Frank Shotkoski, is the Director of the Agricultural Biotechnology Support Project II (ABSPII) at Cornell University. Before joining Cornell University, Frank worked as the Global Cotton Traits Technical Manager with Novartis and later Syngenta from 1998-2004 where he built a cotton biotechnology program that resulted in the development of trait-based product using the insecticidal protein Vip3A (VipCotTM). Prior to joining Syngenta, Frank held the positions of Research Associate and Research Fellow at the University of Washington’s Department of Medical Genetics where he conducted research on human gene therapy applications with an emphasis on developing gene-based therapies for treatment of patients with hematopoietic diseases such a sickle cell anemia and b-thalasemia.Shotkoski is a senior level biotechnology project management and business development professional specializing in product development and commercialization of genetically engineered trait-based crop products. His expertise stems from over 20 years of academic and industrial experience in both medical and agricultural biotechnology. Frank earned his Ph.D. in Molecular Entomology from the University of Minnesota in 1992 and Master of Science and Bachelor of Science from the University of Nebraska in 1988 and 1984, respectively. He has received additional training in numerous professional project management and business development programs. He is the author of many refereed publications, numerous abstracts and several book chapters.
United States Agency for International Development
Saharah Moon Chapotin is currently acting Division Chief for Agricultural Research at the U.S. Agency for International Development. She joined the agency in 2006 as a Biotechnology Advisor, managing international partnerships to promote the adoption of conservation agriculture practices in South Asia and to develop bioengineered crops for small-holder farmers and strengthen biosafety regulatory capacity in Africa & Asia. Prior to this, she worked at the Biosafety Institute for Genetically Modified Agricultural Products (BIGMAP), Iowa State University, where her work focused on resolving regulatory issues for genetically engineered crops, especially those intended for small and niche-markets. Chapotin holds a B.S. in Biology from Stanford University, a Ph.D. in Plant Physiology from Harvard University and has completed the AAAS Science and Technology Policy Fellowship Program.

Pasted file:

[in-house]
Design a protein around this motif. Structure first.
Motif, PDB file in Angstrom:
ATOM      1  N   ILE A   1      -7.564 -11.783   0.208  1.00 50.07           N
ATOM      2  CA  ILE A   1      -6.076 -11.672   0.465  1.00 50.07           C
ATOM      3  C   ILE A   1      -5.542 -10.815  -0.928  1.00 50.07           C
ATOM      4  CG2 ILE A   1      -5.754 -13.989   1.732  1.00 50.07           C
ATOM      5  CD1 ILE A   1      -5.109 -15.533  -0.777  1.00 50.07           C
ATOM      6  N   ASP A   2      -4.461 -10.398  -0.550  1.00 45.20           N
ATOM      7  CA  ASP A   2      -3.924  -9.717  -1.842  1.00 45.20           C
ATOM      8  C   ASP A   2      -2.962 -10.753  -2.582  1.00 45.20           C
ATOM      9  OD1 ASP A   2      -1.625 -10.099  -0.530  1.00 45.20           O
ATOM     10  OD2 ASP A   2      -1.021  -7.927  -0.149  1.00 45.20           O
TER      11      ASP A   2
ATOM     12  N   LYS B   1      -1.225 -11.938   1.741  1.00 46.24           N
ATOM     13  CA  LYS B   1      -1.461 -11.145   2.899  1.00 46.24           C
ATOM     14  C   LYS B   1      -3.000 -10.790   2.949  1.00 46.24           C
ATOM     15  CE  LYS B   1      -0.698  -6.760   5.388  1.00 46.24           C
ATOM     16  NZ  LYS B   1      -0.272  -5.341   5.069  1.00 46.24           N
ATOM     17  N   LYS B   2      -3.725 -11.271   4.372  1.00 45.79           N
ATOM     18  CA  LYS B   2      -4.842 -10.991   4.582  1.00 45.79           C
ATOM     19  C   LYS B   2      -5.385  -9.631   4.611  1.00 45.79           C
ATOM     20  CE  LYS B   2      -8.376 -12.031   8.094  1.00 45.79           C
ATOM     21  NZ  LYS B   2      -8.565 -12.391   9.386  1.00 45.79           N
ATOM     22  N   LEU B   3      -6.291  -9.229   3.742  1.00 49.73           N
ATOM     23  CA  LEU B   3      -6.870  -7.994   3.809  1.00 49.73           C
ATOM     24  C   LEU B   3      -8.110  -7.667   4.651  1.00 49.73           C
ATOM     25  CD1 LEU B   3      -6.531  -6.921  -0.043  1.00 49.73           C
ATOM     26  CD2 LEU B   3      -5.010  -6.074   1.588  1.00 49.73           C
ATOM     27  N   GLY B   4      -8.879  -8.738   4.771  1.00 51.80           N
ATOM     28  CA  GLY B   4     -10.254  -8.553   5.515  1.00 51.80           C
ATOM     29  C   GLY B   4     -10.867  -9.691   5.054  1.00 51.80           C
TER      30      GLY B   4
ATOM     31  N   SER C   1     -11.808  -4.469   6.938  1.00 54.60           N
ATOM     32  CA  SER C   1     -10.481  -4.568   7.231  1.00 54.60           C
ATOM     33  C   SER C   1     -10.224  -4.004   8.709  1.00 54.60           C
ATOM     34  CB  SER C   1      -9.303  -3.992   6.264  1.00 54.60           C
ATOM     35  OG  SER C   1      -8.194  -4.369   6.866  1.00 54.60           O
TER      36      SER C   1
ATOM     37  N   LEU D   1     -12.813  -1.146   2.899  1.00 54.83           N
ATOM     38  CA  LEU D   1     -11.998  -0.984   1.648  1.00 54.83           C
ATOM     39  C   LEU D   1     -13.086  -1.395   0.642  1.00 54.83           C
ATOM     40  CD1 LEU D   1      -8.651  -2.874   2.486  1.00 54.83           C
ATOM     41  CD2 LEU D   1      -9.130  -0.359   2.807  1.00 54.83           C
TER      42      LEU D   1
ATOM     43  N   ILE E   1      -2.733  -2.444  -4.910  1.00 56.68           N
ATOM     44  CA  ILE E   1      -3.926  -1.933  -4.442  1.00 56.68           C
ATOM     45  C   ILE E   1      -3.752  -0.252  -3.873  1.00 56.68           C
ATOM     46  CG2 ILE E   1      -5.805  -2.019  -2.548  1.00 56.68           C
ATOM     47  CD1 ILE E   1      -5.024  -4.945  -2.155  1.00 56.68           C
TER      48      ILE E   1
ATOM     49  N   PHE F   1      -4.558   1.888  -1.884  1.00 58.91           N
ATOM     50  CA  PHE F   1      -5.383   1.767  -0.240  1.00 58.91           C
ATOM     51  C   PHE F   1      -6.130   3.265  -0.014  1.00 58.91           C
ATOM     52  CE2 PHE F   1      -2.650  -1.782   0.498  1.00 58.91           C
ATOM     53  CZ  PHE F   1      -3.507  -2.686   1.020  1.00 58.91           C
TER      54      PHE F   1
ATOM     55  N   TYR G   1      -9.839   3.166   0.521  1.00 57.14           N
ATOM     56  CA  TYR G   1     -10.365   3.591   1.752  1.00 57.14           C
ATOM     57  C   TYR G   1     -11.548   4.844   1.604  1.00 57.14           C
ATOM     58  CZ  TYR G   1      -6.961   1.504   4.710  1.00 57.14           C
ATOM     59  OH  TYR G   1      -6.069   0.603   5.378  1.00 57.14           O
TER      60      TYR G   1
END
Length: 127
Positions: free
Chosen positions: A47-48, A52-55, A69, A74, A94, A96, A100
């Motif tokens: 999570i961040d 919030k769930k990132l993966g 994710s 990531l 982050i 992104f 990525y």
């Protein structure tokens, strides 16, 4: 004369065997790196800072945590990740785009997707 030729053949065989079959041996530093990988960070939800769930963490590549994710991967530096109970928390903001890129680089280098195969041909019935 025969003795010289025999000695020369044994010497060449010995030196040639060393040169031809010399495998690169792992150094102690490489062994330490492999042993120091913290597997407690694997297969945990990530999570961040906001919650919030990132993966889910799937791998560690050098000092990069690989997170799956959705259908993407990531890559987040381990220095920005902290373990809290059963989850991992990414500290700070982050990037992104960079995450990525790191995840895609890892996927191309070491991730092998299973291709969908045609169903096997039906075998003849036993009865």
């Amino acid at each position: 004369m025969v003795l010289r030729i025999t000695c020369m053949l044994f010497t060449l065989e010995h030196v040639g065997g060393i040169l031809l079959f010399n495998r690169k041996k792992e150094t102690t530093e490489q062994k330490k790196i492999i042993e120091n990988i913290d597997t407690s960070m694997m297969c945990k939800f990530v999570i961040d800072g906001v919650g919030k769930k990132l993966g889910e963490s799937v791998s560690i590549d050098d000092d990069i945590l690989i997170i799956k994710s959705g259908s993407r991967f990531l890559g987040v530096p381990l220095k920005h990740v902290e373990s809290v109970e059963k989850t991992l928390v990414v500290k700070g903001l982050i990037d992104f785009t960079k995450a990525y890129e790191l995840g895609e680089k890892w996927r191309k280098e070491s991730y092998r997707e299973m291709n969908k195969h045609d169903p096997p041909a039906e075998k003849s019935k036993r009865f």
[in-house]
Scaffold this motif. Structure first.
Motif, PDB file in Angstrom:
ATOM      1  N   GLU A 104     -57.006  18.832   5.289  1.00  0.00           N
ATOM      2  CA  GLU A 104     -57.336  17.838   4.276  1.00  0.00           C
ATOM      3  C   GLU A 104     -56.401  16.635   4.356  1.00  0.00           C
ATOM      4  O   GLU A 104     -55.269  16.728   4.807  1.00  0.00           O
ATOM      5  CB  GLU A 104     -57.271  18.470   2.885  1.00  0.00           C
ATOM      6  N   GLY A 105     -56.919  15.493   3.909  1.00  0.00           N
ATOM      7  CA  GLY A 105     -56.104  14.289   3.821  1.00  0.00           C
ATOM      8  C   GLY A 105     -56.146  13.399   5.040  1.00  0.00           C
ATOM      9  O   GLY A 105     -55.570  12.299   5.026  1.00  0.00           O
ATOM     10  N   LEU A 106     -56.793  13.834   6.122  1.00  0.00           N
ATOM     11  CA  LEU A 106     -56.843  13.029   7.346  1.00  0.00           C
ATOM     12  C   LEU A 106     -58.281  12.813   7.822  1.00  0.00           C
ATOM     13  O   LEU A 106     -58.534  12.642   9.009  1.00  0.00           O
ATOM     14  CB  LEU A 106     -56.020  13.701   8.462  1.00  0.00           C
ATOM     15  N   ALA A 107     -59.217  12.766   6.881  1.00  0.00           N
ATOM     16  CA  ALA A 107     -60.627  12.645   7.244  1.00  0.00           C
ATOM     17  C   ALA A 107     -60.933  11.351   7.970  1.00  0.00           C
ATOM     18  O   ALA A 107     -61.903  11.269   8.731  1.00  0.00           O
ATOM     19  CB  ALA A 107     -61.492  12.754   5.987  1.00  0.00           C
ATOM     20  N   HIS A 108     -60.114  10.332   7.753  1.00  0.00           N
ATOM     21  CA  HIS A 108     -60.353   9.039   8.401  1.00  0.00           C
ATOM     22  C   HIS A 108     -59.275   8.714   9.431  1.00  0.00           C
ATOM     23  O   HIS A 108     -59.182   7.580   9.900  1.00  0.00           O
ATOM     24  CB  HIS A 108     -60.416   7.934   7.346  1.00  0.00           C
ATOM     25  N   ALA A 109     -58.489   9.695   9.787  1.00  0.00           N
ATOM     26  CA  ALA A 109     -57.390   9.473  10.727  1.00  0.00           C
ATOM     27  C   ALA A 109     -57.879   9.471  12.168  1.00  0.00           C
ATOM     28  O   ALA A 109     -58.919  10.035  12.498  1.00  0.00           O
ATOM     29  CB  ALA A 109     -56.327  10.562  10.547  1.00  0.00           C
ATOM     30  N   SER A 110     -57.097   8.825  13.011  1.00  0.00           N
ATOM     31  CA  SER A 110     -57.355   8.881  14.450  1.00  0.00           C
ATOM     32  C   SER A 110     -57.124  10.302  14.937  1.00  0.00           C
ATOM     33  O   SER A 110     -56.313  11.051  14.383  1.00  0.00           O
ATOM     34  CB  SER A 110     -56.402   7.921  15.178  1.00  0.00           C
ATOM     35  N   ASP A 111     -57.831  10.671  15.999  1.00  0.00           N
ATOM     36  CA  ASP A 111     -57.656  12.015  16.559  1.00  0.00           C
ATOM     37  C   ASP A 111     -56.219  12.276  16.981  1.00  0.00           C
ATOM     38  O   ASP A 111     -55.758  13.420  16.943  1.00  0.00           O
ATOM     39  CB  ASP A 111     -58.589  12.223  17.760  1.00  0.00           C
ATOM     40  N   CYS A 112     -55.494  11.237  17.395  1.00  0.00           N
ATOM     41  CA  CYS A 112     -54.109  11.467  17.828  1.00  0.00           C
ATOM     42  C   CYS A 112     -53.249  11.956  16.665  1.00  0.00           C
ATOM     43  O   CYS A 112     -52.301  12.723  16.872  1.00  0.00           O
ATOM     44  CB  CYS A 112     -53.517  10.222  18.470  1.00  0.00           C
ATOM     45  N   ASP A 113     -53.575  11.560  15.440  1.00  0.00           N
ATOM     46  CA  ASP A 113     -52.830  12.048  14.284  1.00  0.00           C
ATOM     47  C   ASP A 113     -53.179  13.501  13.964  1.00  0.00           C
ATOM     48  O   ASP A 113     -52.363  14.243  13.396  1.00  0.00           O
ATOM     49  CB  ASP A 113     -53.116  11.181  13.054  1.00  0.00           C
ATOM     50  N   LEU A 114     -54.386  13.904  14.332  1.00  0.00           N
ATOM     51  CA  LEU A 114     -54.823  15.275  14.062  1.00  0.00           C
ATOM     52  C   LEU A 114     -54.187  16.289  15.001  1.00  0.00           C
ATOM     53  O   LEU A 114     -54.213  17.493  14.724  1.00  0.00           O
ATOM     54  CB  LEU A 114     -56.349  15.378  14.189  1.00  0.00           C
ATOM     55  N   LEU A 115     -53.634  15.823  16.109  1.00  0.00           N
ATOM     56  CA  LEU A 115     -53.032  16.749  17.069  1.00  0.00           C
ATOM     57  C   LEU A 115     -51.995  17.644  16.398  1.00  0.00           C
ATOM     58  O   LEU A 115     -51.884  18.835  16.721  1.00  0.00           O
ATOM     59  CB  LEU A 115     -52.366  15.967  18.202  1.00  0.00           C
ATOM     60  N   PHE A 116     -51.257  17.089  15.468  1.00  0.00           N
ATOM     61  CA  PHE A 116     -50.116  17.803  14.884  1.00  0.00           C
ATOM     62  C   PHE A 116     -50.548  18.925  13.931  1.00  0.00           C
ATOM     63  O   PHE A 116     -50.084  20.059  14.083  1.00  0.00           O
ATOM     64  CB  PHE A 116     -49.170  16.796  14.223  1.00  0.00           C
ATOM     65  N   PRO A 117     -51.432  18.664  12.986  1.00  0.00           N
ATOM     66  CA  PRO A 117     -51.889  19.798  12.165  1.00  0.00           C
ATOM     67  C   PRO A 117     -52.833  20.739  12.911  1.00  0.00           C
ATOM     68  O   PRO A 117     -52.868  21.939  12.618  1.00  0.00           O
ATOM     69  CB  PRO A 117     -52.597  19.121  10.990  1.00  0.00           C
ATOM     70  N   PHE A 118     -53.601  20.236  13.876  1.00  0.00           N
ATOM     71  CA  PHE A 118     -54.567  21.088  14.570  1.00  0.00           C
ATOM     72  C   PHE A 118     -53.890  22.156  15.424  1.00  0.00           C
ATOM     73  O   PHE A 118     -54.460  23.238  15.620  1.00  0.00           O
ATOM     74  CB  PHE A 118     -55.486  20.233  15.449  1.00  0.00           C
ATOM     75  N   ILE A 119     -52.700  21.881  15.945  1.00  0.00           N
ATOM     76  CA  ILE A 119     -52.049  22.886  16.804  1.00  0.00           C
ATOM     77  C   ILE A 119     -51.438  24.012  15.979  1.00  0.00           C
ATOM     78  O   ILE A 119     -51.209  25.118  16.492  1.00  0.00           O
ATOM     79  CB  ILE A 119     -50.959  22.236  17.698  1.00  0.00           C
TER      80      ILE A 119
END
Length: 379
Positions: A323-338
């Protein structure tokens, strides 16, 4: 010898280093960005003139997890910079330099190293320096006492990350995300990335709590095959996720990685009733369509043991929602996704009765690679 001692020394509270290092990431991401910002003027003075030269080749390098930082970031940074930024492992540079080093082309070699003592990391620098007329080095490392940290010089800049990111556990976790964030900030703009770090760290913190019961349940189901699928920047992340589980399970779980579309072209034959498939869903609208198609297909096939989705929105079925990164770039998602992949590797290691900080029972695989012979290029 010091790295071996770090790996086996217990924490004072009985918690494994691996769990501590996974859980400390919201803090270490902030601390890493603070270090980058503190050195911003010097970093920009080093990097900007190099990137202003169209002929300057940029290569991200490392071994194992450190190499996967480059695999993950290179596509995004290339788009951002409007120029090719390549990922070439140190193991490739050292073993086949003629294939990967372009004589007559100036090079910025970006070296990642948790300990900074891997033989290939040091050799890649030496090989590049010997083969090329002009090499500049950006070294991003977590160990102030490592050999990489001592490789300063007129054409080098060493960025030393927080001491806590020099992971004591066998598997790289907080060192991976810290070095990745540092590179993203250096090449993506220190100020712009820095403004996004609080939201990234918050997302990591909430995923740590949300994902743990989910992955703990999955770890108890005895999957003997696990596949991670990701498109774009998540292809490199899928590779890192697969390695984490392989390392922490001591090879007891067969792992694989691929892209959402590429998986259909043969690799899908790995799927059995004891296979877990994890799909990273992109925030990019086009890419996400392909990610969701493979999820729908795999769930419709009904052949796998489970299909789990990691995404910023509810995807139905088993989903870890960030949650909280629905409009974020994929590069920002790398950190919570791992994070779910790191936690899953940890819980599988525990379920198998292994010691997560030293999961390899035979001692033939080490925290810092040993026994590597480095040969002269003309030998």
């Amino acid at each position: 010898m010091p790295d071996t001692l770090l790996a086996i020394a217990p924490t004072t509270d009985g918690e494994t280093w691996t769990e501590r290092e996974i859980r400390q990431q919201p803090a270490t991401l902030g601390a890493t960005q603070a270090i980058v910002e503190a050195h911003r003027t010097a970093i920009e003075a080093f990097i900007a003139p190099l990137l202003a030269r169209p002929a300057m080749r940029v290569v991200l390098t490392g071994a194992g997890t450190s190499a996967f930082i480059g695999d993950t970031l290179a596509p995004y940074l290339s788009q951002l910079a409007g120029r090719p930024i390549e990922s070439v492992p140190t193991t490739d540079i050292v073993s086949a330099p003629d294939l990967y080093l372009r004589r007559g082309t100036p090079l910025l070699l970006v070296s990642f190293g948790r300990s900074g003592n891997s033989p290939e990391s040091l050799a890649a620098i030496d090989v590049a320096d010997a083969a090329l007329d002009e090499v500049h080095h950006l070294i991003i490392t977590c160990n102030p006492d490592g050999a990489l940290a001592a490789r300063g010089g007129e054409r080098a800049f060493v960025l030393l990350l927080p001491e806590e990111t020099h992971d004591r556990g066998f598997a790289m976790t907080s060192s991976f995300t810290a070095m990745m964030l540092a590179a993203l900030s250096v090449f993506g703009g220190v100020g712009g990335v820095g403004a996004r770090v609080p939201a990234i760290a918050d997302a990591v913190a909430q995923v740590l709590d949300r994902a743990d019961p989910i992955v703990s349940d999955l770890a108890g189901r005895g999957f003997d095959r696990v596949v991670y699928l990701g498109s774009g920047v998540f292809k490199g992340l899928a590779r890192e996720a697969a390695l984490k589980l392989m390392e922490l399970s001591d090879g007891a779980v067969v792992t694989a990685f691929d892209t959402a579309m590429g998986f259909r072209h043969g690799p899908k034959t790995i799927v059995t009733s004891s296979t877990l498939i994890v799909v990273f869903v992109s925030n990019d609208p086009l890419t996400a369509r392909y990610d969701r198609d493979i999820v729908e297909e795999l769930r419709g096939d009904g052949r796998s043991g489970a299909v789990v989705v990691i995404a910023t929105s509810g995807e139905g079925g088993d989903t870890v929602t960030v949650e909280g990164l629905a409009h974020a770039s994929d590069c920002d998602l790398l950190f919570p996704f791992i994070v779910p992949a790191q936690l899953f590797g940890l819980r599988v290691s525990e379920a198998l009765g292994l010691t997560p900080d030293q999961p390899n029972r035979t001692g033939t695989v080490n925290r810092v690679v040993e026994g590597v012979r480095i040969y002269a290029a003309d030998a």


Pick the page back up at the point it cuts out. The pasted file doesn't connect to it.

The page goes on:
National Agricultural Research Organization (NARO)
Wilberforce Tushemereirwe holds a Ph.D in plant pathology obtained from the University of Reading, Department of Agriculture, in 1997. Currently, he is Principal Research Officer in the National Agricultural Research Organization (NARO) Uganda, a designation he has held since 2006. He is also an Adjunct Professor at the Centre for Tropical Crops and Biocommodities of the Queensland University of Technology, Australia. He has headed the National Banana Research Programme of the NARO-Uganda, since 1997. In this position he directs all research projects on bananas in NARO, including the ABSPII banana project in Uganda. Before 1997 he served as a research officer in NARO.
International Service for the Acquisition of Agri-biotech Applications (ISAAA)
Randy A. Hautea obtained his PhD in Plant Breeding from Cornell University, and his MSc and BS degrees in Agronomy and Plant Breeding from the University of the Philippines Los Baños. He is currently the Global Coordinator of the International Service for the Acquisition of Agri-biotech Applications (ISAAA), and concurrently the Director of the ISAAA Southeast Asia Center ISAAA is an international not-for-profit organization engaged in facilitating the assessment, acquisition, transfer, and management of biotechnology applications for the benefit of developing countries, and operates principally in Southeast Asia and East Africa. Prior to joining ISAAA in 1998, he served as Director of the Institute of Plant Breeding, University of the Philippines Los Baños. He has also consulted with various organizations, and has been involved in several program reviews and assessments of international agricultural research centers of the CGIAR.
University of the Philippines Los Baños
Desiree Hautea is the ABSPII Coordinator for South East Asia (Philippines and Indonesia). She is a Professor of Genetics, Molecular biology and biotechnology at the College of Agriculture, University of the Philippines Los Baños. Desiree holds a Ph.D. in Plant Genetics and Breeding from the University of Illinois. She manages several programs on crop improvement, biotechnology, genetic resources, and seed support systems, including participation in the development and implementation of relevant policies at the University and national levels. She is author and co-author of more than 25 scientific publications in refereed journals, books and proceedings and has presented over 50 papers at national and international scientific meetings.